Proceeding south, the next mission south of San José is Mission San Juan Capistrano, which is a much more humble and smaller site established in 1731. Interestingly, all churches at the missions are still the property of the Roman Catholic Church, and the National Park Service collaborates with everything outside the front door of all of the churches.
Recently restored to its original white washed appearance (many pictures on the Internet floating around still show its former, rapidly deteriorating state), the mission just received a complete makeover.
Removing most of the ahistorical buttresses on the front, engineers drove pilings, some as deep as forty feet, down into bedrock, stabilizing the church. San Juan most likely had planned a new, larger church, but it was never built. The current church is simple, austere. I guess I would describe it as Baroque, even if that seems inadequate.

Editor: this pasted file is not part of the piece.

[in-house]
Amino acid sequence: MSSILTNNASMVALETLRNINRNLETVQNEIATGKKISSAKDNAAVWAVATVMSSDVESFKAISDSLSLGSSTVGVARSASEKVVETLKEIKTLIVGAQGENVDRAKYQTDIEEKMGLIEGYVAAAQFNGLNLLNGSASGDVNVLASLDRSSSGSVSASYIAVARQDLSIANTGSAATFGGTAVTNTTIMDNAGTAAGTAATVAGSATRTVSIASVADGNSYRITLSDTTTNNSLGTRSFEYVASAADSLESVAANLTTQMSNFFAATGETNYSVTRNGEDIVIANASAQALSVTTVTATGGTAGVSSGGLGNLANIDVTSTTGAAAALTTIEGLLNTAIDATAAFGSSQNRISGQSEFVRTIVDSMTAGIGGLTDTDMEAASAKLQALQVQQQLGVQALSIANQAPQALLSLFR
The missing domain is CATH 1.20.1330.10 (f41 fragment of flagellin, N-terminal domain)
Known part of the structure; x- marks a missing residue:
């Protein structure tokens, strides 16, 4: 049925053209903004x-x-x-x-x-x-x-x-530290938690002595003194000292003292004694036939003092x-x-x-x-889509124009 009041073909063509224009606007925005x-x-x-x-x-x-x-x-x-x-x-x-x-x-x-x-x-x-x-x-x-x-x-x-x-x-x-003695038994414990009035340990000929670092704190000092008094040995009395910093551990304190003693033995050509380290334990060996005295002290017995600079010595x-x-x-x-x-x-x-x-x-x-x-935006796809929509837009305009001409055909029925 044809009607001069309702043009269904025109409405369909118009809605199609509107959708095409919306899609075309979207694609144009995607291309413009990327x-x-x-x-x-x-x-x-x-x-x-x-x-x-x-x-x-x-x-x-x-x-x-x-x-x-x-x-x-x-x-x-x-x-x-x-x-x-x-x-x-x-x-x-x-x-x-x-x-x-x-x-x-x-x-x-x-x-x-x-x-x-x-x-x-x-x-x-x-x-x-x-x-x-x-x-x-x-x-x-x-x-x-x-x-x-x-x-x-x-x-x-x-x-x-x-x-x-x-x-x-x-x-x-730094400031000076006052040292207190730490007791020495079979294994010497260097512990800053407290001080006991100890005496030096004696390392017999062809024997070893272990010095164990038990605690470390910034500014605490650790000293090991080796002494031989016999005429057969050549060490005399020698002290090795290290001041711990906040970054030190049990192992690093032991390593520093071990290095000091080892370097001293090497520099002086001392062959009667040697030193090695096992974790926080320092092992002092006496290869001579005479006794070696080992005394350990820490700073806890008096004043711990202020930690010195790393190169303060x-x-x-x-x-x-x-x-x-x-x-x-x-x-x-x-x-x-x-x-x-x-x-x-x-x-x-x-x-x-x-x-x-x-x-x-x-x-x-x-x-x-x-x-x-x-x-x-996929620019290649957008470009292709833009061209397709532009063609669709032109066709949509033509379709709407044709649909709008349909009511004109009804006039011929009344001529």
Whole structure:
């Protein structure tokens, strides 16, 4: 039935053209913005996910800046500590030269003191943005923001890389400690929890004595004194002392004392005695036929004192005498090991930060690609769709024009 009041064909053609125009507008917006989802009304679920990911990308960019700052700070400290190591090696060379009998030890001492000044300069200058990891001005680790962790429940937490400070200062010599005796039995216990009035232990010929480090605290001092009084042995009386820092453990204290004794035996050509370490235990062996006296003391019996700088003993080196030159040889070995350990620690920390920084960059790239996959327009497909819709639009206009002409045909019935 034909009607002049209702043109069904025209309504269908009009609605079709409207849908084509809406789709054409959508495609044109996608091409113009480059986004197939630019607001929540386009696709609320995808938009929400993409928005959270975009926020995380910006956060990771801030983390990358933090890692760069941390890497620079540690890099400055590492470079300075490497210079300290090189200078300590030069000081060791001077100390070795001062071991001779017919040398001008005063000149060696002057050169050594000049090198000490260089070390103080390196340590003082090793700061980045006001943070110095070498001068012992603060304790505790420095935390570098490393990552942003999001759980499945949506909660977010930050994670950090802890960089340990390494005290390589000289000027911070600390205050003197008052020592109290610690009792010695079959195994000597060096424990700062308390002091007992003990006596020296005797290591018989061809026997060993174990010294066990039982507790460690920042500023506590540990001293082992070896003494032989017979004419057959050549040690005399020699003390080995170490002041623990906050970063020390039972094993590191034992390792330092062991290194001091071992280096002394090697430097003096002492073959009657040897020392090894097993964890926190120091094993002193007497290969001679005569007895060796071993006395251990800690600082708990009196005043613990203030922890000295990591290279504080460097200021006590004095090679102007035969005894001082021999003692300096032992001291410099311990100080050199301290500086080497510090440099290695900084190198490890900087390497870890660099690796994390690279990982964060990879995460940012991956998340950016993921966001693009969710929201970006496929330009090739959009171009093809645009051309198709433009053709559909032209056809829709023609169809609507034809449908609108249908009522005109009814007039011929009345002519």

I like this mission, along with its southern neighbor, Mission Espada; they’re further out from downtown, less visited, and sort of the “black sheep” compared to the more impressive and successful missions to the north.
This house is actually privately owned and inhabited, right on the grounds of the mission.
The original quadrangle is mostly gone, except for a couple of buildings.
Here are a bunch of cacti.